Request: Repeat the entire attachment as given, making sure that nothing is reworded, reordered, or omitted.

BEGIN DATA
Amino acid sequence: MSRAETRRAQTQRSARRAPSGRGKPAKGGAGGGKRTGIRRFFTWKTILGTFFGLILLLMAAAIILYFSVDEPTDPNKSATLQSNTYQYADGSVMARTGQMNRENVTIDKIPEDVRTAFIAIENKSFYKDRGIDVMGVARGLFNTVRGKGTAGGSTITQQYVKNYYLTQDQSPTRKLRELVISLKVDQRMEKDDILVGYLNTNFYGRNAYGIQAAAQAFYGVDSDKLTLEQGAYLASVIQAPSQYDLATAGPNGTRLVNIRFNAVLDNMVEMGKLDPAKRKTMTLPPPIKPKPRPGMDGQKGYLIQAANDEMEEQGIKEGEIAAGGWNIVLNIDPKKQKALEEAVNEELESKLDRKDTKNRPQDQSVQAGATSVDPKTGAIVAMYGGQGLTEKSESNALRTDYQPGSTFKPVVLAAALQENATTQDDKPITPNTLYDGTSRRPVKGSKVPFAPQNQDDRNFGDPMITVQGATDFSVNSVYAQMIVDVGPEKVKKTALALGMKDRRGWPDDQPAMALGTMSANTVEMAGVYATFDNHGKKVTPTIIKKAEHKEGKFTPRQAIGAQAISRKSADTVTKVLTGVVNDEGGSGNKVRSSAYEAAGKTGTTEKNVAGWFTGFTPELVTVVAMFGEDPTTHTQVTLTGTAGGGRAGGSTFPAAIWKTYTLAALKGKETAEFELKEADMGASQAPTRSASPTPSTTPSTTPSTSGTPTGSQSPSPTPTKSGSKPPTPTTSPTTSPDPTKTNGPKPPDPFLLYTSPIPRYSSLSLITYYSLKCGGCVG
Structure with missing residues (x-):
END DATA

Amino acid sequence: MSRAETRRAQTQRSARRAPSGRGKPAKGGAGGGKRTGIRRFFTWKTILGTFFGLILLLMAAAIILYFSVDEPTDPNKSATLQSNTYQYADGSVMARTGQMNRENVTIDKIPEDVRTAFIAIENKSFYKDRGIDVMGVARGLFNTVRGKGTAGGSTITQQYVKNYYLTQDQSPTRKLRELVISLKVDQRMEKDDILVGYLNTNFYGRNAYGIQAAAQAFYGVDSDKLTLEQGAYLASVIQAPSQYDLATAGPNGTRLVNIRFNAVLDNMVEMGKLDPAKRKTMTLPPPIKPKPRPGMDGQKGYLIQAANDEMEEQGIKEGEIAAGGWNIVLNIDPKKQKALEEAVNEELESKLDRKDTKNRPQDQSVQAGATSVDPKTGAIVAMYGGQGLTEKSESNALRTDYQPGSTFKPVVLAAALQENATTQDDKPITPNTLYDGTSRRPVKGSKVPFAPQNQDDRNFGDPMITVQGATDFSVNSVYAQMIVDVGPEKVKKTALALGMKDRRGWPDDQPAMALGTMSANTVEMAGVYATFDNHGKKVTPTIIKKAEHKEGKFTPRQAIGAQAISRKSADTVTKVLTGVVNDEGGSGNKVRSSAYEAAGKTGTTEKNVAGWFTGFTPELVTVVAMFGEDPTTHTQVTLTGTAGGGRAGGSTFPAAIWKTYTLAALKGKETAEFELKEADMGASQAPTRSASPTPSTTPSTTPSTSGTPTGSQSPSPTPTKSGSKPPTPTTSPTTSPDPTKTNGPKPPDPFLLYTSPIPRYSSLSLITYYSLKCGGCVG
Structure with missing residues (x-):